Cómo leen los lectores de pantalla una página con HTML5 y ARIA

Testing the accessibility of the CSS generated content

This article is about how screen readers speak the content added with CSS pseudo-elements :before and :after (in CSS3 they are ::before and ::after).

I am trying to learn to use AT when developing websites and recently I saw that no matter how W3C wants us to use a certain CSS element, there will always be developers/designers who will try to push the limits of the specification.

While I do advise you to NOT use pseudo-elements to generate useful content (limit yourself to generating quotes or design elements), just in case somebody thinks that the cool resides in generating content with CSS because everything else is already old, let’s see how people using screen readers will “benefit” from the idea.

A piece of code…OK, maybe two…

The HTML is really simple, an innocent paragraph of text:

<h1>Example of content added with CSS pseudo-elements</h1>
<p>Lorem ipsum dolor sit amet, consectetur adipiscing elit..and so on.</p>

and the CSS is also quite simple:

#content p:before {
content:"This is before the text, you can style it";
#content p:after{
content:"This is after the text";

Let’s hear voices

The video will show how NVDA, Jaws and Window Eyes read the page – I set NVDA to read at a lower rate in order for you to follow, but the other 2 are a bit faster.

The conclusion

There’s no need for me to tell you how bad the idea is, DON’T use these pseudo-elements for generating useful content, limit its use to generating quotes, breadcrumb icons, fluffy snowflakes or whatever. But keep it presentational in order for other people to have access to the useful stuff.

Check the Spanish version of this post:
Probando la accesibilidad del contenido generado por CSS

Useful 10 minutes of WAI ARIA

I would like to post here a selection of resources that might help you start using ARIA in your web applications or websites – although ARIA is still a draft. you can start using it and some AT will know how to read it.

Introduction to WAI ARIA

Written by Gez Lemon for Opera Developer, this article is the best post you can start with. You will understand why ARIA was created in the first place and you will understand some basic terms like: roles, states, properties, and my favorite, ARIA regions.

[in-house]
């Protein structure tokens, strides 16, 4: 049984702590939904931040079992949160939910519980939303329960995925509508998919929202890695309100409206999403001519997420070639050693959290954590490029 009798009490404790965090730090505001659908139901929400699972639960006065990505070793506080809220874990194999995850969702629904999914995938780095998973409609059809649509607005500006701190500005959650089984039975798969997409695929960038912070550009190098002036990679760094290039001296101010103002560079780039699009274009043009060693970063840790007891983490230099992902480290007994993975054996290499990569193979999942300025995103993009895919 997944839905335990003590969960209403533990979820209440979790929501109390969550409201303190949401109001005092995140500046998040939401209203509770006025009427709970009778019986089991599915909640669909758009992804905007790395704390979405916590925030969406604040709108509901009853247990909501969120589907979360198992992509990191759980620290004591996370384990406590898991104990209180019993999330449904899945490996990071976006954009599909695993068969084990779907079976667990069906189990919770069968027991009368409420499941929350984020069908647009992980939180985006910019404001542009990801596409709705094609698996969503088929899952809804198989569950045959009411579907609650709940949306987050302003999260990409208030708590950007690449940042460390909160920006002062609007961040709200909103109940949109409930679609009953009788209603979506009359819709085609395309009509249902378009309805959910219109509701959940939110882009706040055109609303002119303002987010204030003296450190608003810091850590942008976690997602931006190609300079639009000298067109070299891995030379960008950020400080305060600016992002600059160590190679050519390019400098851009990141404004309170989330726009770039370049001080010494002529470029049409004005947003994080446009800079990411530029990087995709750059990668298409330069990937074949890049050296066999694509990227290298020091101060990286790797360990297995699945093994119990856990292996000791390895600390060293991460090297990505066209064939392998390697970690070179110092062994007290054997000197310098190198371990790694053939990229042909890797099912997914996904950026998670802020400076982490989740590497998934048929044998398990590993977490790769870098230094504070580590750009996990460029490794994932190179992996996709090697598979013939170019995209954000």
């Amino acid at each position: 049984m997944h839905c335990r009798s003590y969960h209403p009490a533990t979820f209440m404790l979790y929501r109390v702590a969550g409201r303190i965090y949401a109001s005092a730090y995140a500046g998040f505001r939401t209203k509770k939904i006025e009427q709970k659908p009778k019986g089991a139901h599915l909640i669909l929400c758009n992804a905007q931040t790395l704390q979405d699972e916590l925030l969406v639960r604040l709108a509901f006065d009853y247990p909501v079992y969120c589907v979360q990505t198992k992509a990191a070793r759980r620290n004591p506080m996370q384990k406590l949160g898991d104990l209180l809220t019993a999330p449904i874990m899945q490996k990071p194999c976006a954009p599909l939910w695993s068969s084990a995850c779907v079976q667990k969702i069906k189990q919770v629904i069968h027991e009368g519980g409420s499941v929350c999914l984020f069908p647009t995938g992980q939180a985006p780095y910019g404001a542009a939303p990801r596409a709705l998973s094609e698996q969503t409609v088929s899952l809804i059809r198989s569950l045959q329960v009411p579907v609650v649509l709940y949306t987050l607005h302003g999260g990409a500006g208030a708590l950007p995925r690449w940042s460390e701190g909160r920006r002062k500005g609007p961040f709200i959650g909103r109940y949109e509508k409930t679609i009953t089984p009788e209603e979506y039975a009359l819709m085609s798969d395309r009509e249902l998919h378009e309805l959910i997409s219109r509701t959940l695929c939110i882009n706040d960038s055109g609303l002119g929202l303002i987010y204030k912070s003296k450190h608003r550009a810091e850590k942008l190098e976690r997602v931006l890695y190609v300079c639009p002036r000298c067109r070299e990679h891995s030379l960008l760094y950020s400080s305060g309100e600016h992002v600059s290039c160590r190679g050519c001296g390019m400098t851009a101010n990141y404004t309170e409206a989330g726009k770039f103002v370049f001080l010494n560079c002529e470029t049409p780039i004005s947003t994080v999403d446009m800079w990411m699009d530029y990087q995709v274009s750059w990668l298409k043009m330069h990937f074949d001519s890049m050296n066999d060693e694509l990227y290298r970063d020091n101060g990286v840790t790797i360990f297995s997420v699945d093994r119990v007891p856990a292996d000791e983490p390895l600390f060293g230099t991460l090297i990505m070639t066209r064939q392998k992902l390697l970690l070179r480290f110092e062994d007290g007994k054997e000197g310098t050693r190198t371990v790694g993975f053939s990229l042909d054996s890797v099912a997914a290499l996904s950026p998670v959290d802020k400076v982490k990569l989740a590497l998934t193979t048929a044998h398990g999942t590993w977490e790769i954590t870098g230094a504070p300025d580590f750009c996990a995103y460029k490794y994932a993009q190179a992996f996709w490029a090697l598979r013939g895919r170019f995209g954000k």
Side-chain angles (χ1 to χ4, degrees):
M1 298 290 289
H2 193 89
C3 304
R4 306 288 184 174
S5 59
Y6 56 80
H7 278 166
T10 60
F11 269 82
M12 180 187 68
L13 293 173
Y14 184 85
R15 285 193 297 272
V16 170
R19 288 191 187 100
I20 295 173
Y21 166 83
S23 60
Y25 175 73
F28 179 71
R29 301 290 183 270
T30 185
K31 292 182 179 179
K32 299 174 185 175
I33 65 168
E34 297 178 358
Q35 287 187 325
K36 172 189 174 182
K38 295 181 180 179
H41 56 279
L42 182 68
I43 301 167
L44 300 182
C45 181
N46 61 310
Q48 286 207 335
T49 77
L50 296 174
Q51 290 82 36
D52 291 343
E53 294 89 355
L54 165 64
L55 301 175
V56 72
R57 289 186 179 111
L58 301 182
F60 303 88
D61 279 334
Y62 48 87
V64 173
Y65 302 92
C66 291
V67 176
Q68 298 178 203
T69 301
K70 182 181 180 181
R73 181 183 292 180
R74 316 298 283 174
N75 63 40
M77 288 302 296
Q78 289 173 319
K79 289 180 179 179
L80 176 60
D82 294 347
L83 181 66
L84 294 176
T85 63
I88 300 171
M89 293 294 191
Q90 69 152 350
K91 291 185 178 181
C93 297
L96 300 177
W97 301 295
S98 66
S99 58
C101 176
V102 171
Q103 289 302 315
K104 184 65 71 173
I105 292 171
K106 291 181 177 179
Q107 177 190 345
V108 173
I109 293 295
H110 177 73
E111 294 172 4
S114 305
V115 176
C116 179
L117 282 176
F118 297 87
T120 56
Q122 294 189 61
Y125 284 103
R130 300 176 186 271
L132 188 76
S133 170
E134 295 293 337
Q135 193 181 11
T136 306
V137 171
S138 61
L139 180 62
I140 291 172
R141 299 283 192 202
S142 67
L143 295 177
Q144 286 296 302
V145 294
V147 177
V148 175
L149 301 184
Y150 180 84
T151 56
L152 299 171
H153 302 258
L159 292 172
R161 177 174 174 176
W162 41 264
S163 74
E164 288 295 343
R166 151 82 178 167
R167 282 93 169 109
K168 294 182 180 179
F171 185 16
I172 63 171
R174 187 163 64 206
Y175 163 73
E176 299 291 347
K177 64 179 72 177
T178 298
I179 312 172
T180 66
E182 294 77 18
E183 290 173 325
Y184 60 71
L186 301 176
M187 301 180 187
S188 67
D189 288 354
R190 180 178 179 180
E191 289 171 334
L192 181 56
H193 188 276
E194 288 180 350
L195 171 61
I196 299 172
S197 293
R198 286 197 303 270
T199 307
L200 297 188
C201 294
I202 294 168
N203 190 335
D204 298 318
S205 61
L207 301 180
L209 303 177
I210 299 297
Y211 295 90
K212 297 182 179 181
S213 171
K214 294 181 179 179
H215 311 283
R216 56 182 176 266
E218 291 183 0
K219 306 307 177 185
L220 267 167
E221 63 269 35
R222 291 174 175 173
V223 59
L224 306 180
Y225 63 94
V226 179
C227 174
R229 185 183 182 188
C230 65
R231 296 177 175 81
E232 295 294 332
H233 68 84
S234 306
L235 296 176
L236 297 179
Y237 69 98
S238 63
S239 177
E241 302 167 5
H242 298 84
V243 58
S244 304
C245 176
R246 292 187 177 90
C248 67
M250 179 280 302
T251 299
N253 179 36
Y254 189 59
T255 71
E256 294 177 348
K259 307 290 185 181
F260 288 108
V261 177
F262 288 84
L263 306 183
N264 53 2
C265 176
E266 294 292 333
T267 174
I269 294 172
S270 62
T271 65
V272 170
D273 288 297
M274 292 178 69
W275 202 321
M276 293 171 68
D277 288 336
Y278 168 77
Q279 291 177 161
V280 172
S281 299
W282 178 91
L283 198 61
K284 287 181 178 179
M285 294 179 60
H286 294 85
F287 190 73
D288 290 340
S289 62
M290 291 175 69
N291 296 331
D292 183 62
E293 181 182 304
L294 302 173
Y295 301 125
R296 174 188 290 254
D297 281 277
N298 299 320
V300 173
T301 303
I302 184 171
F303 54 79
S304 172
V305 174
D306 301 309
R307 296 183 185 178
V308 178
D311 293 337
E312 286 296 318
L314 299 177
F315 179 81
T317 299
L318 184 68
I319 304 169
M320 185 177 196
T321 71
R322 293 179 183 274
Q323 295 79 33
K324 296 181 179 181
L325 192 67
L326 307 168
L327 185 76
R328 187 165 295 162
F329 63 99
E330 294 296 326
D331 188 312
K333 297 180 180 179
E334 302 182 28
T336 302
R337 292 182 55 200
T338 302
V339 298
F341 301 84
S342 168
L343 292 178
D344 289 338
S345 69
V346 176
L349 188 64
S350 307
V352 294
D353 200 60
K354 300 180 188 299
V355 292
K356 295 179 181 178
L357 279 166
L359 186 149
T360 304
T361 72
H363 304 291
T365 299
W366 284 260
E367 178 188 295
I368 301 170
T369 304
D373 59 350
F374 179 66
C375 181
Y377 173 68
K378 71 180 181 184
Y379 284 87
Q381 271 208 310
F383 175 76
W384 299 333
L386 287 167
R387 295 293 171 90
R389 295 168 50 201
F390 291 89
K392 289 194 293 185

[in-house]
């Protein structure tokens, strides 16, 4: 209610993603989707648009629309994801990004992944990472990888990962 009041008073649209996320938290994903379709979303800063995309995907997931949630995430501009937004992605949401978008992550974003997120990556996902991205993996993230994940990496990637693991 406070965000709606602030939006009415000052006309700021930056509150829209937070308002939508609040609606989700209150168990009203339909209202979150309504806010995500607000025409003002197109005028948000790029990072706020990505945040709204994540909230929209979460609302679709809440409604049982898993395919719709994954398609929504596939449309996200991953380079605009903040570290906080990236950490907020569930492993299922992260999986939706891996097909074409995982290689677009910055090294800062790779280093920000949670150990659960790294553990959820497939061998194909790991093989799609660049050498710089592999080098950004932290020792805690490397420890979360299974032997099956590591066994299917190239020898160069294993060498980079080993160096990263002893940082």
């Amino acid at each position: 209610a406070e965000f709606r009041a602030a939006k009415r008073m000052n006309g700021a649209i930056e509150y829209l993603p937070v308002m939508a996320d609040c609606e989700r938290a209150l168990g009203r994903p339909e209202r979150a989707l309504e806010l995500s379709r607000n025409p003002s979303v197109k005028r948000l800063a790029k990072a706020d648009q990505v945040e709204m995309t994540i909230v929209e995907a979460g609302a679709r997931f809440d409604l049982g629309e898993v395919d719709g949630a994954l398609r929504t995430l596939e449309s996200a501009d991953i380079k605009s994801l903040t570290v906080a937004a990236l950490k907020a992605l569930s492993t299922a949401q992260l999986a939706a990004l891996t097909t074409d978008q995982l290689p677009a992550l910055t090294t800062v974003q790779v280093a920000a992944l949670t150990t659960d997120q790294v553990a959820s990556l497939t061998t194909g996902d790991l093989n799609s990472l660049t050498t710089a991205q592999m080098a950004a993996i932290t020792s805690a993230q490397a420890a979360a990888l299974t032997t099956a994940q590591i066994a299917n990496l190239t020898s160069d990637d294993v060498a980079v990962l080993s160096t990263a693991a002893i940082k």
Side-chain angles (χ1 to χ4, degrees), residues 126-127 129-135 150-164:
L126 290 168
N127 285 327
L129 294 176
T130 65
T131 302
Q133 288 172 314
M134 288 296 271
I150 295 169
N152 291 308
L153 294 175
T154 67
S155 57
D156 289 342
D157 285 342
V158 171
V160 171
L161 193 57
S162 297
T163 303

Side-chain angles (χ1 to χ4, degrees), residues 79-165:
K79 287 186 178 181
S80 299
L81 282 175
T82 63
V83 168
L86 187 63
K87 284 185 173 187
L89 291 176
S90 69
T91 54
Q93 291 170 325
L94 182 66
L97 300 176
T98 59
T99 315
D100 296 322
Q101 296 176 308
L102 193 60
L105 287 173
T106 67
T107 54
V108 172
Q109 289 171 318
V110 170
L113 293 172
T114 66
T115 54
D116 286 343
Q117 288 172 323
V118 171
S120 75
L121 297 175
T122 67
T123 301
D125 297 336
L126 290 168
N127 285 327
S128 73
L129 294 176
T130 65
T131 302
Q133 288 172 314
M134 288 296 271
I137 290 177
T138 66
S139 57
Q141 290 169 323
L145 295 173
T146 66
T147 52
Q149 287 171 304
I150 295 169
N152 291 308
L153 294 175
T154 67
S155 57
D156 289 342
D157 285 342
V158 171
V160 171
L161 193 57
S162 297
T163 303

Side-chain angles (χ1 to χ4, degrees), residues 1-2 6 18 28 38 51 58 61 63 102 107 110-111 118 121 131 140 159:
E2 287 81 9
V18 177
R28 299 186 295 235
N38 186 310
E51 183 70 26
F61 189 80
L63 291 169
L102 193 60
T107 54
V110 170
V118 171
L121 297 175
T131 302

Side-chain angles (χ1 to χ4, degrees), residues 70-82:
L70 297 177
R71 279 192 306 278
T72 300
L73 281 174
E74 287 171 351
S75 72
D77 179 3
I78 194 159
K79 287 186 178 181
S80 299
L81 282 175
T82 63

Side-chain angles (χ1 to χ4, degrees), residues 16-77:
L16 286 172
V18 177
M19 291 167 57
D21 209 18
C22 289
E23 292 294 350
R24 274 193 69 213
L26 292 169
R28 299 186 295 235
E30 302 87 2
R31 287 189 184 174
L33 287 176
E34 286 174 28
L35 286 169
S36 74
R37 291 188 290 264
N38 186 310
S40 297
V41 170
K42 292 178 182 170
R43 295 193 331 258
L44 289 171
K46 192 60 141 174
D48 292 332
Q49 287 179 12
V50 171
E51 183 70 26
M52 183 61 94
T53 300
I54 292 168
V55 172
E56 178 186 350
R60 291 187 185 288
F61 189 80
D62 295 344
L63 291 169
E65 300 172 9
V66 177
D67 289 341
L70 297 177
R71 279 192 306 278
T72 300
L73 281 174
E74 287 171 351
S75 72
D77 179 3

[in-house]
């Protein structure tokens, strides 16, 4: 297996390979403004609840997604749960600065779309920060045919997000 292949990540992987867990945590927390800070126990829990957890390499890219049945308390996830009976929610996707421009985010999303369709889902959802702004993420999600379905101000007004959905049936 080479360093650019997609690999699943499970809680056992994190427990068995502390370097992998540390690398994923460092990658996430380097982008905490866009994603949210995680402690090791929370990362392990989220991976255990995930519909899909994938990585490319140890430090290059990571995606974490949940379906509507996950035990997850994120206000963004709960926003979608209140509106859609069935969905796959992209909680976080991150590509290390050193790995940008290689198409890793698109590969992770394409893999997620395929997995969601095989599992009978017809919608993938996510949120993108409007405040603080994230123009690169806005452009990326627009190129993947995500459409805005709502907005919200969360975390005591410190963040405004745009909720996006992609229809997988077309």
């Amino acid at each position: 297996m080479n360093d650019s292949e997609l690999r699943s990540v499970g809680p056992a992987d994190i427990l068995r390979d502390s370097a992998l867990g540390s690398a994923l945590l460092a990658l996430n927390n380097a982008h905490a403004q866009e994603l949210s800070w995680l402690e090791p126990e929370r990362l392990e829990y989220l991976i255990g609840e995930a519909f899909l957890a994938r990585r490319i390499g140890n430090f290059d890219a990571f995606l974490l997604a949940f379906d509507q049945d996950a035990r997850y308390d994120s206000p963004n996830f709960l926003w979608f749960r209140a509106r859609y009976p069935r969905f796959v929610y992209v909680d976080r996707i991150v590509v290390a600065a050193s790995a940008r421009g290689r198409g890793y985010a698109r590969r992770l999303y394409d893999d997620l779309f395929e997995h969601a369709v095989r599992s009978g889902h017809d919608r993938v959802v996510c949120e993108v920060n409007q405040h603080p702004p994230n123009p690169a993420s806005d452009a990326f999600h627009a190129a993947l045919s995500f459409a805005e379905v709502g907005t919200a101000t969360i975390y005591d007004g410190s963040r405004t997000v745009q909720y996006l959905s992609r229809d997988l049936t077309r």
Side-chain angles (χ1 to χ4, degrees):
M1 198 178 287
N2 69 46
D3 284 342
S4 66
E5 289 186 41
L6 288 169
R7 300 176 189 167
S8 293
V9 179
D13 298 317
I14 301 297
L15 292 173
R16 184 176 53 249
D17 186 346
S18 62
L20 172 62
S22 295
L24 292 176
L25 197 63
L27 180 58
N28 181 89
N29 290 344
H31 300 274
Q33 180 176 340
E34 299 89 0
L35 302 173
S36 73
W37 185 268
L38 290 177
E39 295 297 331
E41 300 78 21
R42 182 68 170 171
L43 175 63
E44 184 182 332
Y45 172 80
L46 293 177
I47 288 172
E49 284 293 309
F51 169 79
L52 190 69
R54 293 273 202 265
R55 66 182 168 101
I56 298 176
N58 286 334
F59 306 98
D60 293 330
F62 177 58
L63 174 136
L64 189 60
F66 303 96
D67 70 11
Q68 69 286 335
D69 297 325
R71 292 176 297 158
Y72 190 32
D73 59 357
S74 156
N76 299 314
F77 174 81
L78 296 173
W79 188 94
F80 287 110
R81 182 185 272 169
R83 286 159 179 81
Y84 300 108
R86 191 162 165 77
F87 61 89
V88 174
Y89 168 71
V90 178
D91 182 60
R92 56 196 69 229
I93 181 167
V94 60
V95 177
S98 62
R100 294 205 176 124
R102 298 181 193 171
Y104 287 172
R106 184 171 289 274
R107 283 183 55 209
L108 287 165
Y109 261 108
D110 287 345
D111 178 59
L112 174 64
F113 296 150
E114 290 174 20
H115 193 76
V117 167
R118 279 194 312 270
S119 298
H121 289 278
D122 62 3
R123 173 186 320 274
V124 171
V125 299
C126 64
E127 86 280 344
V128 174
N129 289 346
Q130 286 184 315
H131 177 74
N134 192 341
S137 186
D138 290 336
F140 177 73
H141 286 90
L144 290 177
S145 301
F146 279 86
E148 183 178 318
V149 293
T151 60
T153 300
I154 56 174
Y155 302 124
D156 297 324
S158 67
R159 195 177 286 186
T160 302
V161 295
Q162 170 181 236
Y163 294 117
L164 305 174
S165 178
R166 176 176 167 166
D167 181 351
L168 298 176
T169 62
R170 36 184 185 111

ARIA Roles 101

Now that you know the basics of ARIA, you can start implementing ARIA roles in your applications. A full list of the roles definitions can be seen here, at the W3C WAI ARIA 1.0 specs website.

Supported states and properties

Learning about ARIA properties is the next logical step, and the W3C WAI ARIA specifications are really helpful even if the first impression is that you read the Constitution or something 🙂

Try some demos: ARIA Live Regions Screen Reader Demo

A very useful video by Aaron Cannon (from cannonaccess.com) about using ARIA live regions in a correct way, the difference between aria-live=”polite” and aria-live=”rude” and how this whole thing works. You need to know that now aria-live=”rude” is not part of the specs anymore (it was really too rude) and we are left with “off”, “polite” and “assertive”.

You might wanna read ARIA and Progressive Enhancement written by Derek Featherstone for A List Apart because the small examples that you will find there will help you understand better the roles and the properties of ARIA.

If you wanna go back to reading the Constitution, WAI-ARIA 1.0 Authoring Practices – An author’s guide to understanding and implementing Accessible Rich Internet Applications is the next step, a page full of examples for you to learn from and best practices when it comes to implementing ARIA – pay special attention to Section 3: Keyboard and Structural Navigation, Section 4: Relationships and Section 5: Managing Dynamic Changes which is really really important.

Learn from examples

  • JQuery Widget Samples – a collection of common JQuery widgets made accessible with ARIA: sliders, progress bars, accordions, trees, carousels, tabs, etc….
  • jQuery-Accessible-RIA – adds some more ARIA examples: a form, a lightbox, tables, etc.

Update with more minutes of WAI ARIA

Aaron Gustafson also has a video with NVDA reading his now famous TabInterface.

TabInterface in Firefox using NVDA screenreader from Aaron Gustafson on Vimeo.

Check the Spanish version of this post:
10 minutos útiles de WAI ARIA

Good for you you’re coding accessible websites, but do you actually know any blind user?

What can you answer to your client when you try to explain that your code is semantic, crossbrowser and…accessible and your client asks you “Good for you you’re coding accessible websites, but do you actually know any blind user?” Meaning, why should someone care about how you code a site as long as table-based code is still ok and cheap?

Well…you may remain speechless. Cause I really don’t know any blind person nor a person using assistive technology altough I do know people that need to increase the font-size or lower the screen resolution to be able to read better. But even if I did not “see” one that should not mean they don’t exist – but how can this be proved?

Since assistive technologies do not leave traces, maybe a solution is to see who’s clicking the a+ a++ buttons. This surely will leave some trace, right?

So we started an experiment: we wrote a script counting the number of clicks performed on the a+ a++ buttons (I know it’s not very scientific – anyone can click – but we’re counting on the fact that our users do not know about the experiment and that at least a small percentage of the clicks will be genuine). Every click is counted and written in a file. We compare it to the Google Analytics stats and hope to obtain some information about this aspect of the sites.

After a month of comparing both methods we saw that the a+/ a++ navigation was clicked on a daily basis (even though one site was selling Christmas decorations !!! ) and most of the time a++ was the star ! Between 5% and 8% of the visitors were clicking these links and that is more than the number of clicks on “about” or “contact” links.

Now, the question that started this article remains – what is the best answer for the client asking  “Good for you you’re coding accessible websites, but do you actually know any blind user?”